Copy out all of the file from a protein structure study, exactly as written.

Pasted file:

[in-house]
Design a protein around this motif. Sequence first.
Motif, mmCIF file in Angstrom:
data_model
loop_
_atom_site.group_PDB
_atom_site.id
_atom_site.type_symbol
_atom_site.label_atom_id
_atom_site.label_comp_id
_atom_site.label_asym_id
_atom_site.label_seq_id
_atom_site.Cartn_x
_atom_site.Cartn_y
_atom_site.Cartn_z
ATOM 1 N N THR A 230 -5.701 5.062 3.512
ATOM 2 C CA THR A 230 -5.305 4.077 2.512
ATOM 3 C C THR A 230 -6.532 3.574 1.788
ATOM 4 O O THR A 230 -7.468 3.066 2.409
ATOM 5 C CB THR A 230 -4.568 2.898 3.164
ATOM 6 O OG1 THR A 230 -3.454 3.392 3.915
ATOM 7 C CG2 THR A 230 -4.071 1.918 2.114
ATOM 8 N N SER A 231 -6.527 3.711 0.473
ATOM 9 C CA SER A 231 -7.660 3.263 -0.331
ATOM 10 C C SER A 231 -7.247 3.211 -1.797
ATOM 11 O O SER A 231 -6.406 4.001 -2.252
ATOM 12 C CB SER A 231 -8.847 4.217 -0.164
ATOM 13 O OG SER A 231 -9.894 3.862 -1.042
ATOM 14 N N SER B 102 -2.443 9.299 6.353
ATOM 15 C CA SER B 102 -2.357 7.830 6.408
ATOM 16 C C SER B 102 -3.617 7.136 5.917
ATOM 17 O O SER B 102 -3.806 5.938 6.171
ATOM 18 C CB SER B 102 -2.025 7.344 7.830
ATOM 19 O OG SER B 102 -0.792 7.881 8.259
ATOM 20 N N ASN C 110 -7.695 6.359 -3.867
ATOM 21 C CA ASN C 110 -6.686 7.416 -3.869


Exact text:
[in-house]
Design a protein around this motif. Sequence first.
Motif, mmCIF file in Angstrom:
data_model
loop_
_atom_site.group_PDB
_atom_site.id
_atom_site.type_symbol
_atom_site.label_atom_id
_atom_site.label_comp_id
_atom_site.label_asym_id
_atom_site.label_seq_id
_atom_site.Cartn_x
_atom_site.Cartn_y
_atom_site.Cartn_z
ATOM 1 N N THR A 230 -5.701 5.062 3.512
ATOM 2 C CA THR A 230 -5.305 4.077 2.512
ATOM 3 C C THR A 230 -6.532 3.574 1.788
ATOM 4 O O THR A 230 -7.468 3.066 2.409
ATOM 5 C CB THR A 230 -4.568 2.898 3.164
ATOM 6 O OG1 THR A 230 -3.454 3.392 3.915
ATOM 7 C CG2 THR A 230 -4.071 1.918 2.114
ATOM 8 N N SER A 231 -6.527 3.711 0.473
ATOM 9 C CA SER A 231 -7.660 3.263 -0.331
ATOM 10 C C SER A 231 -7.247 3.211 -1.797
ATOM 11 O O SER A 231 -6.406 4.001 -2.252
ATOM 12 C CB SER A 231 -8.847 4.217 -0.164
ATOM 13 O OG SER A 231 -9.894 3.862 -1.042
ATOM 14 N N SER B 102 -2.443 9.299 6.353
ATOM 15 C CA SER B 102 -2.357 7.830 6.408
ATOM 16 C C SER B 102 -3.617 7.136 5.917
ATOM 17 O O SER B 102 -3.806 5.938 6.171
ATOM 18 C CB SER B 102 -2.025 7.344 7.830
ATOM 19 O OG SER B 102 -0.792 7.881 8.259
ATOM 20 N N ASN C 110 -7.695 6.359 -3.867
ATOM 21 C CA ASN C 110 -6.686 7.416 -3.869